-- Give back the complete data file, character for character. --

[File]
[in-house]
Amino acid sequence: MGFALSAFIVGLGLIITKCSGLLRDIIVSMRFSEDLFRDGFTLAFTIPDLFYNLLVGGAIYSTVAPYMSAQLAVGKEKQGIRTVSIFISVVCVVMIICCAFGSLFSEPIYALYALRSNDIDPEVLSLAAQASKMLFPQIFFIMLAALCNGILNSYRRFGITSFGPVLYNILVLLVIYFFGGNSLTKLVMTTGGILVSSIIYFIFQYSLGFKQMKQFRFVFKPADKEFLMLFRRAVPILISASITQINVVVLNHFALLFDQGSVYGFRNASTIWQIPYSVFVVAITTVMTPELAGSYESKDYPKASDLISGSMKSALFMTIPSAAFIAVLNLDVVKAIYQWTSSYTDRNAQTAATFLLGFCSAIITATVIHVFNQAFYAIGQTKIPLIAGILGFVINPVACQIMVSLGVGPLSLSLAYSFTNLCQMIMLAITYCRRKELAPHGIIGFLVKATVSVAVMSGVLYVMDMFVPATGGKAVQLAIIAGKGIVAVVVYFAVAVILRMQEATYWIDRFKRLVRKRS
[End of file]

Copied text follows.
[in-house]
Amino acid sequence: MGFALSAFIVGLGLIITKCSGLLRDIIVSMRFSEDLFRDGFTLAFTIPDLFYNLLVGGAIYSTVAPYMSAQLAVGKEKQGIRTVSIFISVVCVVMIICCAFGSLFSEPIYALYALRSNDIDPEVLSLAAQASKMLFPQIFFIMLAALCNGILNSYRRFGITSFGPVLYNILVLLVIYFFGGNSLTKLVMTTGGILVSSIIYFIFQYSLGFKQMKQFRFVFKPADKEFLMLFRRAVPILISASITQINVVVLNHFALLFDQGSVYGFRNASTIWQIPYSVFVVAITTVMTPELAGSYESKDYPKASDLISGSMKSALFMTIPSAAFIAVLNLDVVKAIYQWTSSYTDRNAQTAATFLLGFCSAIITATVIHVFNQAFYAIGQTKIPLIAGILGFVINPVACQIMVSLGVGPLSLSLAYSFTNLCQMIMLAITYCRRKELAPHGIIGFLVKATVSVAVMSGVLYVMDMFVPATGGKAVQLAIIAGKGIVAVVVYFAVAVILRMQEATYWIDRFKRLVRKRS